Promoting Clean Technologies ^ Forging Cross-Industry Collaboration

Megakites & Solar Flowers at Popular Science By Carina Storrs

In cleantech, Energy, entrepreneur, greentech, Science, Solar, Sustainable, Venture Capital on October 14, 2009 at 12:19 pm

This Month’s Innovations For a Greener Future: Megakites, Solar Flowers, and More

via This Month’s Innovations For a Greener Future: Megakites, Solar Flowers, and More | Popular Science.

By Carina Storrs Posted 10.14.2009 at 10:21 am

Up and Away: The kite generates electricity as it ascends.

A kite flown in a strong breeze will quickly unspool string as it climbs higher. KiteGen Research in Italy aims to turn that action into electricity. The company developed a prototype that flies 200-square-foot kites to altitudes of 2,600 feet, where wind streams are four times as strong as they are near ground-based wind turbines.

As the kite’s tether unspools, it spins an alternator that generates up to 40 kilowatts. Once the kite reaches its peak altitude, it collapses, and motors quickly reel it back in to restart the cycle. This spring, KiteGen started building a machine to fly a 1,500-square-foot kite, which it plans to finish by 2011, that could generate up to three megawatts—enough to power 9,000 homes.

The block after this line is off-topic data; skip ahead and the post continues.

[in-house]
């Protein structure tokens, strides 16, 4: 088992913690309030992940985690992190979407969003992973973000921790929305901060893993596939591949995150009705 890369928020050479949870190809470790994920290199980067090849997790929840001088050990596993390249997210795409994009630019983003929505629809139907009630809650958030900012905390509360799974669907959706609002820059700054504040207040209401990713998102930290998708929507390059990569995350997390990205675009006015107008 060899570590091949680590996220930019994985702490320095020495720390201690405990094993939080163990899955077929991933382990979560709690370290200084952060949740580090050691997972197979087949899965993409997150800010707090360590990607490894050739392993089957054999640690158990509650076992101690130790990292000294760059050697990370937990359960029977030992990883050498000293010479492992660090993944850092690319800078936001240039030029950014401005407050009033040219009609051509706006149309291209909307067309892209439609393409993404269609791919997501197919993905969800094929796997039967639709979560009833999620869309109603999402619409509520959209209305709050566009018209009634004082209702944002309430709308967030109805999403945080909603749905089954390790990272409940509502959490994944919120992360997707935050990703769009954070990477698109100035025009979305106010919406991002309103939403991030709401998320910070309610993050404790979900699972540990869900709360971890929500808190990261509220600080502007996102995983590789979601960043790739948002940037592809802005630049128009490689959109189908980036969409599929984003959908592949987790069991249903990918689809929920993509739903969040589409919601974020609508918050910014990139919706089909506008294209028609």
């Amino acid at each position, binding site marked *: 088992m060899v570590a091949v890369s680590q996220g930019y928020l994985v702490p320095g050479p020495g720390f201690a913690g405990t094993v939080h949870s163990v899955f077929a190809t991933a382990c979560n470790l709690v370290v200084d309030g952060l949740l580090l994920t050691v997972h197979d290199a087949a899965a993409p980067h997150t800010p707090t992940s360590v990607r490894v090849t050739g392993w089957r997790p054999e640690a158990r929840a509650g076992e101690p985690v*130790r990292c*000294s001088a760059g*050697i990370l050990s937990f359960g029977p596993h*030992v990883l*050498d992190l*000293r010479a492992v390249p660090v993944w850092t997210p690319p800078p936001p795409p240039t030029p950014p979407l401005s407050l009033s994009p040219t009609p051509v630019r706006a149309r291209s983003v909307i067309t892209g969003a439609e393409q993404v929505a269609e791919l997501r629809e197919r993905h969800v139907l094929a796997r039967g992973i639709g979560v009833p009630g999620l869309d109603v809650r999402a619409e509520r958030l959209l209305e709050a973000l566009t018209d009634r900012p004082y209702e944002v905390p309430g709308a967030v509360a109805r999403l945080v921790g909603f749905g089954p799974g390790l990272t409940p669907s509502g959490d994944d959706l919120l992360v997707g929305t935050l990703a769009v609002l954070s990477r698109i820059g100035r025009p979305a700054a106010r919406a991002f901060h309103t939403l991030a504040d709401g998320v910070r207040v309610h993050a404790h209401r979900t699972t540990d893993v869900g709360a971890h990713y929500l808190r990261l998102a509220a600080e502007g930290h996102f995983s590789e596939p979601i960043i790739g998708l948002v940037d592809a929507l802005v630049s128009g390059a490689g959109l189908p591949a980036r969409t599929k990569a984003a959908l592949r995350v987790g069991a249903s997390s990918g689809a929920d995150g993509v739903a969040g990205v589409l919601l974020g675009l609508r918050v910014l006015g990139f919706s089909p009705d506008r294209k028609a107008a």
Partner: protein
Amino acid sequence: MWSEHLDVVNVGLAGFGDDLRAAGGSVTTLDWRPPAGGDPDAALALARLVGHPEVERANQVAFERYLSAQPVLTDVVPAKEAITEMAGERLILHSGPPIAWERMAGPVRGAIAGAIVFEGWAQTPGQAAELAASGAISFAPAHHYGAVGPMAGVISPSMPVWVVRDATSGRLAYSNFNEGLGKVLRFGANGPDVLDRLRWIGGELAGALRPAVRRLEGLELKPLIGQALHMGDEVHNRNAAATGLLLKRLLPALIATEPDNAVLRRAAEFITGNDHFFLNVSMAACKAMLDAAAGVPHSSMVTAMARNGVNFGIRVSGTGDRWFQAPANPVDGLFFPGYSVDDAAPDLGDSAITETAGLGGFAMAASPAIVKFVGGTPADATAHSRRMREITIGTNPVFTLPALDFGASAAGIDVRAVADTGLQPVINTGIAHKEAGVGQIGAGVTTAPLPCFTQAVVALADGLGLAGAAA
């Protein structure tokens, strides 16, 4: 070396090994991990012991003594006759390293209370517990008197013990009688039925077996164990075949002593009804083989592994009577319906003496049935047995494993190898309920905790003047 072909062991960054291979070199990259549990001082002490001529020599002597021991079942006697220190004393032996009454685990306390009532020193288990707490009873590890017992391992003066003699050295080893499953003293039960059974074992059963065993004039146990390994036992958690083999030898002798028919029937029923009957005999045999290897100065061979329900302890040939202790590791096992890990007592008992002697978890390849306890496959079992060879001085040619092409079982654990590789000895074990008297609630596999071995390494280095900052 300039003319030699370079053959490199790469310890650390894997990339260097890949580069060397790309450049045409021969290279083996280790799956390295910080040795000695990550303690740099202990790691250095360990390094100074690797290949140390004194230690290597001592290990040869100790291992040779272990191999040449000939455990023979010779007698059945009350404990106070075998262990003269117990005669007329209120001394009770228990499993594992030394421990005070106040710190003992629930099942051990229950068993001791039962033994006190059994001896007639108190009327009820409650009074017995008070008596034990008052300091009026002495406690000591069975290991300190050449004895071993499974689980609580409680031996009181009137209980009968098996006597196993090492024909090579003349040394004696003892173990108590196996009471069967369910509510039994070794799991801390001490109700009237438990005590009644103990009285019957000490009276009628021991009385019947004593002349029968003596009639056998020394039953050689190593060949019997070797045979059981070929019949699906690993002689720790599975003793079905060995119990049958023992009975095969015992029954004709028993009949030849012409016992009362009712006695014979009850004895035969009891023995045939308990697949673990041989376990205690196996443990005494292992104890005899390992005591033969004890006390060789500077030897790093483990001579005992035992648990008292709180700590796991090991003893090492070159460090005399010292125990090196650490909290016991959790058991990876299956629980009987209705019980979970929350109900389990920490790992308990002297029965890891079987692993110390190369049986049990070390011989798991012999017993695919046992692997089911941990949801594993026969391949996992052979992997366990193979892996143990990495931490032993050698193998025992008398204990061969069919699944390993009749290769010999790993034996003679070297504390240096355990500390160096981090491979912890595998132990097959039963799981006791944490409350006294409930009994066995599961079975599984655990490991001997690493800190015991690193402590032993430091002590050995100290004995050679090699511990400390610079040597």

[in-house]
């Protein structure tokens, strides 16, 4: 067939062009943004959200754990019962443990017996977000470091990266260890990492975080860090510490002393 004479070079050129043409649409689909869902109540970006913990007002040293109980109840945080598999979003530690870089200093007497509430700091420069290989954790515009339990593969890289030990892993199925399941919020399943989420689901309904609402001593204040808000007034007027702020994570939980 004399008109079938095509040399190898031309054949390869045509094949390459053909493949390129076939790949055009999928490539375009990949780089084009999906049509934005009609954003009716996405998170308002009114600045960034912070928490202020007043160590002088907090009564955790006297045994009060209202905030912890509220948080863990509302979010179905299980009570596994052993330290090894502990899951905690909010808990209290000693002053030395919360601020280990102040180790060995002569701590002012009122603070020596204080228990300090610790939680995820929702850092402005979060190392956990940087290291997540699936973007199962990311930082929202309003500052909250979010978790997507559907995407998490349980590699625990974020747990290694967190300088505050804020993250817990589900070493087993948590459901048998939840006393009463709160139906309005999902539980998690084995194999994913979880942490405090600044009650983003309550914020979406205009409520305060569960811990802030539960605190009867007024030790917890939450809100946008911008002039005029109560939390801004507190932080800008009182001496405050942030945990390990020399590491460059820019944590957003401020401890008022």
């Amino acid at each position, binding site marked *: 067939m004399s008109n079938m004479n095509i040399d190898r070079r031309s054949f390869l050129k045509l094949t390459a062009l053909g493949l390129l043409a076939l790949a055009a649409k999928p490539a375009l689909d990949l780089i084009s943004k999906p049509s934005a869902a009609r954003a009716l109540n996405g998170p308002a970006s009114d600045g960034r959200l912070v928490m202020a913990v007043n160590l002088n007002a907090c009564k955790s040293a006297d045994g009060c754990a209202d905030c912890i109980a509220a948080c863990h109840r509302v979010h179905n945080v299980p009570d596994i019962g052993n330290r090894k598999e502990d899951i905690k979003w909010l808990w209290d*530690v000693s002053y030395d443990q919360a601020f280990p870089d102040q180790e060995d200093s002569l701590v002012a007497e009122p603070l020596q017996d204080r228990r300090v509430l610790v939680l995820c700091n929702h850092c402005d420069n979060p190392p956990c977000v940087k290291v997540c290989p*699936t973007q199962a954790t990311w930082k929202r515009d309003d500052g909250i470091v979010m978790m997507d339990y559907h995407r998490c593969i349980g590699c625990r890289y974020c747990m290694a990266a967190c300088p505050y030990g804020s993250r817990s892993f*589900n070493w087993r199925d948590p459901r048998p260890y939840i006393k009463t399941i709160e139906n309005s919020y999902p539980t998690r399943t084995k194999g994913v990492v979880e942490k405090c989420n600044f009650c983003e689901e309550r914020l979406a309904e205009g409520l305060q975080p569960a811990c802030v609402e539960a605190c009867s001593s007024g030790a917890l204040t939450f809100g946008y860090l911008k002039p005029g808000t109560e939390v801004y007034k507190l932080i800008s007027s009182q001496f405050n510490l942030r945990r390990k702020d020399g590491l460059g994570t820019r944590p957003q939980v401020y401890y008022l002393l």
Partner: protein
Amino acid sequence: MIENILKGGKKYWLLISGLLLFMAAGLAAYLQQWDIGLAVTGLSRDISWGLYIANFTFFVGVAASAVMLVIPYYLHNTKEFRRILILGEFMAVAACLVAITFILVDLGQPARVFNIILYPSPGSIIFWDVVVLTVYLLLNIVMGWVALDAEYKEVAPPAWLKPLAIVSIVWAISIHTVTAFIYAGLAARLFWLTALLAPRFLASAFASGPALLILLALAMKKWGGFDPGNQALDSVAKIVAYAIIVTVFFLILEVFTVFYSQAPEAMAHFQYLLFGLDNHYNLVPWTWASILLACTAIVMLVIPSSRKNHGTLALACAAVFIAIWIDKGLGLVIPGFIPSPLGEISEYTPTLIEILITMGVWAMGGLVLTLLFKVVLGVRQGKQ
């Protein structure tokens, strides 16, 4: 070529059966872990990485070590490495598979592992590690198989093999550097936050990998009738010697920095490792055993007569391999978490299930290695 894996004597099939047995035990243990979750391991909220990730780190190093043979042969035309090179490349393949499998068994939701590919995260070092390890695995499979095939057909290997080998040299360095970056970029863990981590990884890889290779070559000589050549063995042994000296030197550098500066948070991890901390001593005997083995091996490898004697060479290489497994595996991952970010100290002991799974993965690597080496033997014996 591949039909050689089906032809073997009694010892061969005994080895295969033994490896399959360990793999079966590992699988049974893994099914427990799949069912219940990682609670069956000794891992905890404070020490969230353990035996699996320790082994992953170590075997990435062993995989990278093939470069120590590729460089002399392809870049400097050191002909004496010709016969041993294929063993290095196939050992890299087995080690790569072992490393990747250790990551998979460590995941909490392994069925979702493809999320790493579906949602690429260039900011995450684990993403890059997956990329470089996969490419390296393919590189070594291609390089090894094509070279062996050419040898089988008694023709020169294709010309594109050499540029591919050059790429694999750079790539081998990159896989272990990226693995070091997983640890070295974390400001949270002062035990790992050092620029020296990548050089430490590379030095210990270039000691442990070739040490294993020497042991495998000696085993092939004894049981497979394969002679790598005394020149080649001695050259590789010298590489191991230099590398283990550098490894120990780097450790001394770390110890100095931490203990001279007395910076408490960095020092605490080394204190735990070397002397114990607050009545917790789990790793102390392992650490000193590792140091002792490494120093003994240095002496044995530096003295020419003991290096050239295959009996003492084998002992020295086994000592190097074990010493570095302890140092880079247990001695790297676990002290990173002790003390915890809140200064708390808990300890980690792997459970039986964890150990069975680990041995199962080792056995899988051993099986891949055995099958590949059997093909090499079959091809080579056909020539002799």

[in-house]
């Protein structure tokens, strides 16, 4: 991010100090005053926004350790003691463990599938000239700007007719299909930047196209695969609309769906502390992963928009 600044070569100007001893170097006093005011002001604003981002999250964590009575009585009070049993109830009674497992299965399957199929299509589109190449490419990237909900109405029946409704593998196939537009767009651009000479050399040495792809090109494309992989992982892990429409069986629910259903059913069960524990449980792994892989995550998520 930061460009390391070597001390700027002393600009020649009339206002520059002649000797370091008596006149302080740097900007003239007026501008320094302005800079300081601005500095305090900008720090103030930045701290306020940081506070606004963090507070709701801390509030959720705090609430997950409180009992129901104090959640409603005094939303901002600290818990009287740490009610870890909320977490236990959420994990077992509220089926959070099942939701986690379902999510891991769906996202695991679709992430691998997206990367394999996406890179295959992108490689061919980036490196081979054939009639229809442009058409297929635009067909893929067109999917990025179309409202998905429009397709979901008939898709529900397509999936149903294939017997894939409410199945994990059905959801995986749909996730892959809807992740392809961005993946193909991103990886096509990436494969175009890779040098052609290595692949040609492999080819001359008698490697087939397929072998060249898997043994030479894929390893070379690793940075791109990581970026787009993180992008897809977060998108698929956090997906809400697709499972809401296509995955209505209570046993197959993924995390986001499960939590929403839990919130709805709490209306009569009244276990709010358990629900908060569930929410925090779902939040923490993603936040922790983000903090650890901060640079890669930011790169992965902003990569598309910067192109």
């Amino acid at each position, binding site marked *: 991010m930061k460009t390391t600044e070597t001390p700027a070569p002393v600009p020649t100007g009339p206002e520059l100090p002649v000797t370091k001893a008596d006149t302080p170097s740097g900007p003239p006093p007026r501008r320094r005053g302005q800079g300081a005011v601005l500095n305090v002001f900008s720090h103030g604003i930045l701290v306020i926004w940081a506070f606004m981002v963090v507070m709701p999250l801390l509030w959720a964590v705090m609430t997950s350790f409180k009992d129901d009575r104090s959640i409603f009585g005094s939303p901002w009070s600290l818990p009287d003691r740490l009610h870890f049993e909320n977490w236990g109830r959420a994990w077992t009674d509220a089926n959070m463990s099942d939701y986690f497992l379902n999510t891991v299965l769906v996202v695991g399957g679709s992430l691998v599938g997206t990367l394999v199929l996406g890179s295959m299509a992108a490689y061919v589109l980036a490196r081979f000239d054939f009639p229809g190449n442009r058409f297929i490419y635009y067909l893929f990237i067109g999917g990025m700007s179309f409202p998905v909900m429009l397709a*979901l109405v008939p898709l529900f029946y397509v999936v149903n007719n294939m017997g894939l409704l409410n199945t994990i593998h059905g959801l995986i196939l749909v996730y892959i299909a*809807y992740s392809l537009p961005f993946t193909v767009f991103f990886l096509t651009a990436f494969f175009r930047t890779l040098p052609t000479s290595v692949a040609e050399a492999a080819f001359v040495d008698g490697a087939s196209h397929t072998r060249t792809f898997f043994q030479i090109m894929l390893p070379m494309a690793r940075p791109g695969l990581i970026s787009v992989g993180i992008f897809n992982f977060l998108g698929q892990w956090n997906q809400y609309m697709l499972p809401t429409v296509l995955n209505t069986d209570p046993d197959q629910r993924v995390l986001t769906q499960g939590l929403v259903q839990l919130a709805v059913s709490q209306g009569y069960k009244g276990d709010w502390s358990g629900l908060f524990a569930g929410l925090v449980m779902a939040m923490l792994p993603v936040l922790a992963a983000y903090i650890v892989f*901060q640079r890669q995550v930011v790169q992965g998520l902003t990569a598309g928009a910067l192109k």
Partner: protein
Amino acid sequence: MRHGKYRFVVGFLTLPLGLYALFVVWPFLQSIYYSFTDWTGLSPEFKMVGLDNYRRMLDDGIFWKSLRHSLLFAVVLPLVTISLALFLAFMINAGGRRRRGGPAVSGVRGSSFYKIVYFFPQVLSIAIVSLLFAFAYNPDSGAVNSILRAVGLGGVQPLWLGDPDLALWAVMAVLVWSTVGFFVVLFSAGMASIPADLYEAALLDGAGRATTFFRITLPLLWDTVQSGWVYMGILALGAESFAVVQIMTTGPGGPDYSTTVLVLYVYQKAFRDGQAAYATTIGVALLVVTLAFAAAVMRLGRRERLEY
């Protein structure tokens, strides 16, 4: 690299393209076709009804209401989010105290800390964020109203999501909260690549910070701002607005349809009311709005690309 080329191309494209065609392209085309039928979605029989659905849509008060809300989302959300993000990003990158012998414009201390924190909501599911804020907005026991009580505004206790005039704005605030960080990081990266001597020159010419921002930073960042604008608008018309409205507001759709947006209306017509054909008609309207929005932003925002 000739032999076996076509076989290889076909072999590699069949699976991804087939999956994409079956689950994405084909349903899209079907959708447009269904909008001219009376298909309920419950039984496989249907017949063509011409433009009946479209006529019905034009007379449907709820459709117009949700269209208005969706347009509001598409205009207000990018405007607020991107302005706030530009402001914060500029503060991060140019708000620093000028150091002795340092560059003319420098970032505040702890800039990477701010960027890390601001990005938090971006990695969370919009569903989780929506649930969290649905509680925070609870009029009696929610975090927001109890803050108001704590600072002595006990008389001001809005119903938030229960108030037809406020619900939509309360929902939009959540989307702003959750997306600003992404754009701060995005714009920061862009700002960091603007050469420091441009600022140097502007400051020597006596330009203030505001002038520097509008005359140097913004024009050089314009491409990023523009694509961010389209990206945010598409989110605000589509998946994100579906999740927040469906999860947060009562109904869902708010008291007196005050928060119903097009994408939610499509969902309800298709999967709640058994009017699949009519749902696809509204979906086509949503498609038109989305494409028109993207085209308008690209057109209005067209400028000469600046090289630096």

Smoke and Mirrors: Mirrors direct sunlight onto the solar plant’s tower, heating air to run a turbine that powers 70 nearby homes. Aora/Haim Fried

Flower Power

Any blossom would stand out in the desert of southern Israel, but you’d be hard-pressed to miss a 98-foot-tall one. The tulip-shaped tower is the centerpiece of the world’s first hybrid-solar power plant, opened this summer by Israeli start-up AORA Solar. An array of 30 mirrors focuses the sun’s rays on the central steel bud. Inside, the solar energy heats air to 1,800ºF, causing it to expand and spin a turbine to generate 100 kilowatts. When night falls or clouds obscure the sun, the plant helps heat the air with a standard diesel combuster running on up to eight gallons per hour to provide consistent electricity output, unlike strictly solar plants. AORA is working with Spanish, Chilean and Australian companies to export the tech, which could be reconfigured to burn biofuel, says Pinchas Doron, the company’s chief technology officer. “Soon,” he says, “it could be green energy 24/7.”

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